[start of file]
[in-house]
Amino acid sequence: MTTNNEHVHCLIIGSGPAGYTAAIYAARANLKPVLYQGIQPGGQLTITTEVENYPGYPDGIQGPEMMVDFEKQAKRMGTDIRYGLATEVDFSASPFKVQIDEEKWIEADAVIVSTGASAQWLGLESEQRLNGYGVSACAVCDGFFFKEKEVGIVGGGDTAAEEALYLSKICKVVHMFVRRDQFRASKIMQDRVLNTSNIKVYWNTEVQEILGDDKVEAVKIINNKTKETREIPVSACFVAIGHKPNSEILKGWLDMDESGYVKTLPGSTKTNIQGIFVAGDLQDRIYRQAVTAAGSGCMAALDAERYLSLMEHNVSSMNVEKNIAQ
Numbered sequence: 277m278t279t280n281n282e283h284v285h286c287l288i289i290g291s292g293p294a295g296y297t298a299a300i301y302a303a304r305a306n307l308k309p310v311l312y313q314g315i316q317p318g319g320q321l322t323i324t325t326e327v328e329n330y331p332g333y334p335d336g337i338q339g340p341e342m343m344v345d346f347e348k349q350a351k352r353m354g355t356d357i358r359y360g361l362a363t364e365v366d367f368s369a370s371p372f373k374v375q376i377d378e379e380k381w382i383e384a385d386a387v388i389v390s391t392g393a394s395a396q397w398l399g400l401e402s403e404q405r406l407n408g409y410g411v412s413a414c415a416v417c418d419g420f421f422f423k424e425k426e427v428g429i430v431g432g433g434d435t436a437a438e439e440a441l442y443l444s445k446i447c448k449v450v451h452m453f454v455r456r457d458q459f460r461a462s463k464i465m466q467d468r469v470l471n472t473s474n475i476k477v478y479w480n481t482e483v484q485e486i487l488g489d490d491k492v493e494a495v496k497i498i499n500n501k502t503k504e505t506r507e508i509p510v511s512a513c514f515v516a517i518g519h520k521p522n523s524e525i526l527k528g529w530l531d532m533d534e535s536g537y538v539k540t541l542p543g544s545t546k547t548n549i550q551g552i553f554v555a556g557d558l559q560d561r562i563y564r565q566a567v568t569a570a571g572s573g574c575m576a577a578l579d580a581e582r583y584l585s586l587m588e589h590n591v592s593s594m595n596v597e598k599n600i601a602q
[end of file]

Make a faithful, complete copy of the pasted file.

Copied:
[in-house]
Amino acid sequence: MTTNNEHVHCLIIGSGPAGYTAAIYAARANLKPVLYQGIQPGGQLTITTEVENYPGYPDGIQGPEMMVDFEKQAKRMGTDIRYGLATEVDFSASPFKVQIDEEKWIEADAVIVSTGASAQWLGLESEQRLNGYGVSACAVCDGFFFKEKEVGIVGGGDTAAEEALYLSKICKVVHMFVRRDQFRASKIMQDRVLNTSNIKVYWNTEVQEILGDDKVEAVKIINNKTKETREIPVSACFVAIGHKPNSEILKGWLDMDESGYVKTLPGSTKTNIQGIFVAGDLQDRIYRQAVTAAGSGCMAALDAERYLSLMEHNVSSMNVEKNIAQ
Numbered sequence: 277m278t279t280n281n282e283h284v285h286c287l288i289i290g291s292g293p294a295g296y297t298a299a300i301y302a303a304r305a306n307l308k309p310v311l312y313q314g315i316q317p318g319g320q321l322t323i324t325t326e327v328e329n330y331p332g333y334p335d336g337i338q339g340p341e342m343m344v345d346f347e348k349q350a351k352r353m354g355t356d357i358r359y360g361l362a363t364e365v366d367f368s369a370s371p372f373k374v375q376i377d378e379e380k381w382i383e384a385d386a387v388i389v390s391t392g393a394s395a396q397w398l399g400l401e402s403e404q405r406l407n408g409y410g411v412s413a414c415a416v417c418d419g420f421f422f423k424e425k426e427v428g429i430v431g432g433g434d435t436a437a438e439e440a441l442y443l444s445k446i447c448k449v450v451h452m453f454v455r456r457d458q459f460r461a462s463k464i465m466q467d468r469v470l471n472t473s474n475i476k477v478y479w480n481t482e483v484q485e486i487l488g489d490d491k492v493e494a495v496k497i498i499n500n501k502t503k504e505t506r507e508i509p510v511s512a513c514f515v516a517i518g519h520k521p522n523s524e525i526l527k528g529w530l531d532m533d534e535s536g537y538v539k540t541l542p543g544s545t546k547t548n549i550q551g552i553f554v555a556g557d558l559q560d561r562i563y564r565q566a567v568t569a570a571g572s573g574c575m576a577a578l579d580a581e582r583y584l585s586l587m588e589h590n591v592s593s594m595n596v597e598k599n600i601a602q